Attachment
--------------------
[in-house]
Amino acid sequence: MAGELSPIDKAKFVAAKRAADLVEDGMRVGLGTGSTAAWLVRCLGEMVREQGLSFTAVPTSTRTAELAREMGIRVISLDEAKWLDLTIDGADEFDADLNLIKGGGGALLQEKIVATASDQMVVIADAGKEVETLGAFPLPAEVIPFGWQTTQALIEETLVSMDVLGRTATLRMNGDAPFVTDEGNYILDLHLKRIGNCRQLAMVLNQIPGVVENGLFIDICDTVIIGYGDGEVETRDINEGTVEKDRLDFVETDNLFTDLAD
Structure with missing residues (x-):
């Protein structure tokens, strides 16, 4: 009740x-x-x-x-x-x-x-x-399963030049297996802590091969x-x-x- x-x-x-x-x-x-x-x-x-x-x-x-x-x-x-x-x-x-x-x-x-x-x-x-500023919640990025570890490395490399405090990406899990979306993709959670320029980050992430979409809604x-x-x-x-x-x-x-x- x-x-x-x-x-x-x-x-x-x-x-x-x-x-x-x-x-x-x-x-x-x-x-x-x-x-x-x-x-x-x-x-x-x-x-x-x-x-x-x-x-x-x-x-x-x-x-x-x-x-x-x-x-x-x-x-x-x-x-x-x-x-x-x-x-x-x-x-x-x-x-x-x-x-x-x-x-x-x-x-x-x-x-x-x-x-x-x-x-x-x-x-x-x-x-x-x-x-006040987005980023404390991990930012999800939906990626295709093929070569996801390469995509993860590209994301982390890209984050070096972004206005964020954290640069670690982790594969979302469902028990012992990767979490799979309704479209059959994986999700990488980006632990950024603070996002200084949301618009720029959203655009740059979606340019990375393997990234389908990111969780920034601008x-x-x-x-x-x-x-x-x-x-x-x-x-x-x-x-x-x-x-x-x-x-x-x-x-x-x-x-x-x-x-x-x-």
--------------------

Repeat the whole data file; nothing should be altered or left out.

[in-house]
Amino acid sequence: MAGELSPIDKAKFVAAKRAADLVEDGMRVGLGTGSTAAWLVRCLGEMVREQGLSFTAVPTSTRTAELAREMGIRVISLDEAKWLDLTIDGADEFDADLNLIKGGGGALLQEKIVATASDQMVVIADAGKEVETLGAFPLPAEVIPFGWQTTQALIEETLVSMDVLGRTATLRMNGDAPFVTDEGNYILDLHLKRIGNCRQLAMVLNQIPGVVENGLFIDICDTVIIGYGDGEVETRDINEGTVEKDRLDFVETDNLFTDLAD
Structure with missing residues (x-):
């Protein structure tokens, strides 16, 4: 009740x-x-x-x-x-x-x-x-399963030049297996802590091969x-x-x- x-x-x-x-x-x-x-x-x-x-x-x-x-x-x-x-x-x-x-x-x-x-x-x-500023919640990025570890490395490399405090990406899990979306993709959670320029980050992430979409809604x-x-x-x-x-x-x-x- x-x-x-x-x-x-x-x-x-x-x-x-x-x-x-x-x-x-x-x-x-x-x-x-x-x-x-x-x-x-x-x-x-x-x-x-x-x-x-x-x-x-x-x-x-x-x-x-x-x-x-x-x-x-x-x-x-x-x-x-x-x-x-x-x-x-x-x-x-x-x-x-x-x-x-x-x-x-x-x-x-x-x-x-x-x-x-x-x-x-x-x-x-x-x-x-x-x-006040987005980023404390991990930012999800939906990626295709093929070569996801390469995509993860590209994301982390890209984050070096972004206005964020954290640069670690982790594969979302469902028990012992990767979490799979309704479209059959994986999700990488980006632990950024603070996002200084949301618009720029959203655009740059979606340019990375393997990234389908990111969780920034601008x-x-x-x-x-x-x-x-x-x-x-x-x-x-x-x-x-x-x-x-x-x-x-x-x-x-x-x-x-x-x-x-x-």